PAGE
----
Human life in a coastal town is literally kept moving along by buoyant objects. Leisurely sailors and working commuters alike are protected by the presence of lifejackets and held proud of the water by buoyant design. For the coastal dweller such objects are part of the vernacular yet on a broader scale, buoyancy has accrued associations of human risk and political ideology. Against this symbolic backdrop, buoyancy for me also has a personal resonance; it’s the language of where I come from but it’s also the language of survival in turbulent times.
During a research and development residency at Aspex Gallery, I documented the evolution of the lifejacket over an eighty year period using the archives at the National Museum of the Royal Navy and began to play with form and symbolism. I developed a hand knitting lifejacket pattern that utilises end of line Axminster carpet wool. The work explores the role of the individual citizen and amateur maker in providing their own support system in contemporary society and through the use of specific materials, explores a resourceful reinterpretation of British identity. More information about the research can be found here on my blog.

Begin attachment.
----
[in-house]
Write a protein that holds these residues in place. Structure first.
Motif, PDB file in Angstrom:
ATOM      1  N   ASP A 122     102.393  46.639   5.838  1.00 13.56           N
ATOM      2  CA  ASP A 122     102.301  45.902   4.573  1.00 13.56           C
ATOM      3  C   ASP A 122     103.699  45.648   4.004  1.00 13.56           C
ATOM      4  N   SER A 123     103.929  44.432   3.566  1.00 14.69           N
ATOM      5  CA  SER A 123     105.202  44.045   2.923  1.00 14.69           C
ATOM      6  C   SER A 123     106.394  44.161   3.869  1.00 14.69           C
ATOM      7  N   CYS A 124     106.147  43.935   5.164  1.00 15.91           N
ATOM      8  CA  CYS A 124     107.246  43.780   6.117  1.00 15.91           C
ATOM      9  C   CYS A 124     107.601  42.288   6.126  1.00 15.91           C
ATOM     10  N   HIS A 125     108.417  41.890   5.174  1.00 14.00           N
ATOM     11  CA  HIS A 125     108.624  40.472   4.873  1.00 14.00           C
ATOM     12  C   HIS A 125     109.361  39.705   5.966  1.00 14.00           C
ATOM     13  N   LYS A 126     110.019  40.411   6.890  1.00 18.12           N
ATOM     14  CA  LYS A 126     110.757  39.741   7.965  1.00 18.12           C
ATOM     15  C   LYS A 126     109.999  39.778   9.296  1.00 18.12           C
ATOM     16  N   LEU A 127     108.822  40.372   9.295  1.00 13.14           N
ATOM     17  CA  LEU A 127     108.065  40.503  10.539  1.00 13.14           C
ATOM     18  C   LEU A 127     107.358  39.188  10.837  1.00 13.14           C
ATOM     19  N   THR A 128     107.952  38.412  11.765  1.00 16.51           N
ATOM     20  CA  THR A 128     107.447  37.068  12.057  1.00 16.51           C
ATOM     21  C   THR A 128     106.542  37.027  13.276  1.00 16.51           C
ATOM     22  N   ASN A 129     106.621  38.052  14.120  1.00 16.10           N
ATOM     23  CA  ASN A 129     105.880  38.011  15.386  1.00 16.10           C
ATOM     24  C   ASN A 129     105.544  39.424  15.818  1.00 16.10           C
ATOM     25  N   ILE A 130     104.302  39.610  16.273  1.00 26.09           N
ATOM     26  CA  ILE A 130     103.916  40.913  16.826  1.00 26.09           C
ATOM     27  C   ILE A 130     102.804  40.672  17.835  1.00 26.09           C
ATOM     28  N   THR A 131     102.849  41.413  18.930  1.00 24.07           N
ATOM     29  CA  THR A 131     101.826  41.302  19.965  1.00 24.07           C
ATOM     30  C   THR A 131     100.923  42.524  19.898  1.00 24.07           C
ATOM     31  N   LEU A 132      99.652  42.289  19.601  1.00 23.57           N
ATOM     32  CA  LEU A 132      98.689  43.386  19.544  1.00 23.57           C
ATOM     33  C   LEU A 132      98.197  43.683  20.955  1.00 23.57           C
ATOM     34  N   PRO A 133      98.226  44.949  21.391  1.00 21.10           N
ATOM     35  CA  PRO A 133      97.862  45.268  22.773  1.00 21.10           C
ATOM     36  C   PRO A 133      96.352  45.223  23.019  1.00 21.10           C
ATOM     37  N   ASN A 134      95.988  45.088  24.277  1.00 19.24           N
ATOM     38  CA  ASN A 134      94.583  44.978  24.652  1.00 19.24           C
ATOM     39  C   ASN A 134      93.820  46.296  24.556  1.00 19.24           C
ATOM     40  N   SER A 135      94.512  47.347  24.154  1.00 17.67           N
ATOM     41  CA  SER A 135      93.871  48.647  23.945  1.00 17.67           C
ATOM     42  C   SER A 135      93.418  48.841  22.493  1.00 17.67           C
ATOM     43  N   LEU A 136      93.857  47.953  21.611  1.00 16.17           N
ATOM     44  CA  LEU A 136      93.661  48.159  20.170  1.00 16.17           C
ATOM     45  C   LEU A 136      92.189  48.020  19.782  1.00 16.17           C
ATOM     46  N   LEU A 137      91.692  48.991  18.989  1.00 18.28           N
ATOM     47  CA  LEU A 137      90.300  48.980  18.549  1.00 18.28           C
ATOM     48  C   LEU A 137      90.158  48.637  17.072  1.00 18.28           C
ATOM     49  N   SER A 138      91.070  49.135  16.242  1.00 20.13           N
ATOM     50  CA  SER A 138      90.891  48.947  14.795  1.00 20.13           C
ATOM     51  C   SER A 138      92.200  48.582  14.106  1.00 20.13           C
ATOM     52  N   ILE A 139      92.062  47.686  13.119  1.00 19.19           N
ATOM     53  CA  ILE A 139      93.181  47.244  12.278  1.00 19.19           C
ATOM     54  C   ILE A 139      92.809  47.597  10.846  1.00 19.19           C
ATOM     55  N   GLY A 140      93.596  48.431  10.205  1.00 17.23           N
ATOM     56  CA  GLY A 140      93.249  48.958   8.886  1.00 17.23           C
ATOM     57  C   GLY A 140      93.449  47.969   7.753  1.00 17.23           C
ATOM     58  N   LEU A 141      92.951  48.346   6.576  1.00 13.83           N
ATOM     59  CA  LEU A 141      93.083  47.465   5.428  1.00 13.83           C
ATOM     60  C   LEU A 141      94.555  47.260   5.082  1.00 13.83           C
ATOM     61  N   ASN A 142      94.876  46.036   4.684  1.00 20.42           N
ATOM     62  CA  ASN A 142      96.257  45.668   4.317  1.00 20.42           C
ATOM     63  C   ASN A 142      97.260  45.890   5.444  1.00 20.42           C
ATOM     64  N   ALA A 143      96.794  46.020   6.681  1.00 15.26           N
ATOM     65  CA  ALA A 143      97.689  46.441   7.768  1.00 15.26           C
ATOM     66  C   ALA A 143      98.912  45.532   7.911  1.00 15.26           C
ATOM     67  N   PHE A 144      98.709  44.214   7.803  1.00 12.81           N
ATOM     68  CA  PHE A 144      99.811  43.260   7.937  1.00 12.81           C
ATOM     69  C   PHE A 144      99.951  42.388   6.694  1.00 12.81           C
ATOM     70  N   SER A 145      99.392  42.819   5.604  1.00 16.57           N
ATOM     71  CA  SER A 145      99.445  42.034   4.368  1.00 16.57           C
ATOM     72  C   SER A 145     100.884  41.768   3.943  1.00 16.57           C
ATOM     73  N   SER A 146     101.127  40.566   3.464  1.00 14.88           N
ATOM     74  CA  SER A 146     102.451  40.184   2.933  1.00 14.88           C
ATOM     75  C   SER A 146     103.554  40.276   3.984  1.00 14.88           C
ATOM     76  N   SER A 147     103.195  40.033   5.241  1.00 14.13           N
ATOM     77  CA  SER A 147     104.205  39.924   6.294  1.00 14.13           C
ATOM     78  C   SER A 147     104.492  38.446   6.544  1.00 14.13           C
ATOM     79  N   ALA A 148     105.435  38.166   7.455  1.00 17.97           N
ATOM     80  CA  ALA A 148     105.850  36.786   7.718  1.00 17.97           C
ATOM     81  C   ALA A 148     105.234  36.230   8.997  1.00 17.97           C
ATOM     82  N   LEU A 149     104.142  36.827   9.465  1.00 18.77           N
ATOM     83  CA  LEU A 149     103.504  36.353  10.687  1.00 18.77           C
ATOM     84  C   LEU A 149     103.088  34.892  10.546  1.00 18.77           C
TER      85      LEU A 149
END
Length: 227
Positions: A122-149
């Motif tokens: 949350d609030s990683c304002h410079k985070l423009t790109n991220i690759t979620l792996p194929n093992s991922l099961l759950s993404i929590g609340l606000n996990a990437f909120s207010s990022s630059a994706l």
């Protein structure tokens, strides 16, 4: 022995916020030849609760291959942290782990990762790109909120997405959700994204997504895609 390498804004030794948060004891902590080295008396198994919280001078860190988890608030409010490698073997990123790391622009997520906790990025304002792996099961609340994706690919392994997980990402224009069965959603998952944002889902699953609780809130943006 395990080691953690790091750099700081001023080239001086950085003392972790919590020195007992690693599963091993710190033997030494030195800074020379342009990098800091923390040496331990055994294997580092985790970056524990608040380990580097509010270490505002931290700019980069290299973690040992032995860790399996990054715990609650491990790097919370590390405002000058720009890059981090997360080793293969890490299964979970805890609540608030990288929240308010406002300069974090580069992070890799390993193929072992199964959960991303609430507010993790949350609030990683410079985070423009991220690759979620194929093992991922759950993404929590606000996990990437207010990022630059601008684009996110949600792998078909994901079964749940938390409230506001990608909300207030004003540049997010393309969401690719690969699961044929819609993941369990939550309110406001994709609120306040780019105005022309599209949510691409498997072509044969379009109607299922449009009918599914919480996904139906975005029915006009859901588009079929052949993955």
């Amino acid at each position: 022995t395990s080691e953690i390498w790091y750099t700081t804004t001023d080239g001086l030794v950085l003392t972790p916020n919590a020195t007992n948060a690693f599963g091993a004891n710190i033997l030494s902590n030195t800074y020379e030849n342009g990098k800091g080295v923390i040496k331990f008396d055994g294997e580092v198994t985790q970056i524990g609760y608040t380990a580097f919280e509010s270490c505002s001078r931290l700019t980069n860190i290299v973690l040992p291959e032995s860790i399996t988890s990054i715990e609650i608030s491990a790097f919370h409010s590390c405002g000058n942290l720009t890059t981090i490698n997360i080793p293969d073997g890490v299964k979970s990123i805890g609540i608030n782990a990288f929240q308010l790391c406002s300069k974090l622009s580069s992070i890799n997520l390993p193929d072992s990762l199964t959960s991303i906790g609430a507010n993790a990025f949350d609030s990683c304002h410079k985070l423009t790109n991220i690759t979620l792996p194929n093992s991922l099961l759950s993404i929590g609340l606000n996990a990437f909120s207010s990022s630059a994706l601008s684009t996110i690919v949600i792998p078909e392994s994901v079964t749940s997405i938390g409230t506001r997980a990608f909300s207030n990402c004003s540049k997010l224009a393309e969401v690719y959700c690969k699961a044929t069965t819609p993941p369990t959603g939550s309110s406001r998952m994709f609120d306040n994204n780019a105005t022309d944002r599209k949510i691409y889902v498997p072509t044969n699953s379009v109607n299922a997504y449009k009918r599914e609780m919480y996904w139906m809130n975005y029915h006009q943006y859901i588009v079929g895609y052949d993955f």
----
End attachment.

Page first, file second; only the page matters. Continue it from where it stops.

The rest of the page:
The following images show the beginnings of investigating forms and graphical symbols in relation to the lifejacket and include initial experimentation with Pine tar as a painting medium. Pine tar was historically used to waterproof rope and wedged between deck boards of naval vessels to prevent leakage. This process of caulking is still the preferred conservation method used on historic ships.